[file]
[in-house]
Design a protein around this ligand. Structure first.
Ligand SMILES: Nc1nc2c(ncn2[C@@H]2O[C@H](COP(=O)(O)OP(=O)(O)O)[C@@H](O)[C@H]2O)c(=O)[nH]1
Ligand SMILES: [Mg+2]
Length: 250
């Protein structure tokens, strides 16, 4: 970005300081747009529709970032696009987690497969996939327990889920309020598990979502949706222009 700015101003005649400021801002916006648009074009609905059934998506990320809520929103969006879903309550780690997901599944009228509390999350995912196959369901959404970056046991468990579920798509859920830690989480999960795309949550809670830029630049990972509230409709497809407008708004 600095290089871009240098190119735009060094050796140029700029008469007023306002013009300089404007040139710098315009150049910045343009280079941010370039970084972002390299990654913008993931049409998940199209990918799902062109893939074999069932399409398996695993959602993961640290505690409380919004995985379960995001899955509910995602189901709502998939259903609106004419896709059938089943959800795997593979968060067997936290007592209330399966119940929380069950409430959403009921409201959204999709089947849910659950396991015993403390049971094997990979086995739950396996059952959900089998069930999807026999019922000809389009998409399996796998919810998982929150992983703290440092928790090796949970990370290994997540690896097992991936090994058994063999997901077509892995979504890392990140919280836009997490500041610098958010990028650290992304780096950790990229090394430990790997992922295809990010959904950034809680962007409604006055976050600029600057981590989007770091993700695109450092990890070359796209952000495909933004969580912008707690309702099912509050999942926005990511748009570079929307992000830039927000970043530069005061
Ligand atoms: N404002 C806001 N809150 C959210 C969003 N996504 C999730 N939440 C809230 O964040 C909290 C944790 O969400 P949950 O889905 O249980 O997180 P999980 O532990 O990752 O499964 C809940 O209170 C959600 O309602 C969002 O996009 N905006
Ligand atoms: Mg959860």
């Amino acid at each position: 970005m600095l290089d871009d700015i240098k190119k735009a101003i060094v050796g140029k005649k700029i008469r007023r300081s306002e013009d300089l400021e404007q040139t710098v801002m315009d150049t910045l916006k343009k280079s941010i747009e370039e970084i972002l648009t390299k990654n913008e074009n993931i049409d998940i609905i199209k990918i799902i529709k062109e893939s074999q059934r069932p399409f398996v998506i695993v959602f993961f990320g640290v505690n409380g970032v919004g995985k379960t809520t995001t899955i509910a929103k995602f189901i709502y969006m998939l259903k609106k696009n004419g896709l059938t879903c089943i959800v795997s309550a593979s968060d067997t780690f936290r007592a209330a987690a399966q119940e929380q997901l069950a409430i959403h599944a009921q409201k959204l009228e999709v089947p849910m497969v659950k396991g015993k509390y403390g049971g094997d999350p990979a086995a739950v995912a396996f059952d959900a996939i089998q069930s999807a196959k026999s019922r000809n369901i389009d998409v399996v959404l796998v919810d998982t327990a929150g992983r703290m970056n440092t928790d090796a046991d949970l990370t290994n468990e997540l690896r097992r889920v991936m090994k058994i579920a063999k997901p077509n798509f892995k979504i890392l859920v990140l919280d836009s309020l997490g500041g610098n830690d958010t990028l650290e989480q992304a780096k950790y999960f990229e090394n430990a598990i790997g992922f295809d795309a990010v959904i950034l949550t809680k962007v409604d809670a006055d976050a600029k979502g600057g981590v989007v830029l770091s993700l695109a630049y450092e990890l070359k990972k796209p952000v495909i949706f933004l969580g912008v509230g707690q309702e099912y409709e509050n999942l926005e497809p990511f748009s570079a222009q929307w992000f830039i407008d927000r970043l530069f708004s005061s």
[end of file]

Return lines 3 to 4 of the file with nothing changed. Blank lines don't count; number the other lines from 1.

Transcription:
Ligand SMILES: Nc1nc2c(ncn2[C@@H]2O[C@H](COP(=O)(O)OP(=O)(O)O)[C@@H](O)[C@H]2O)c(=O)[nH]1
Ligand SMILES: [Mg+2]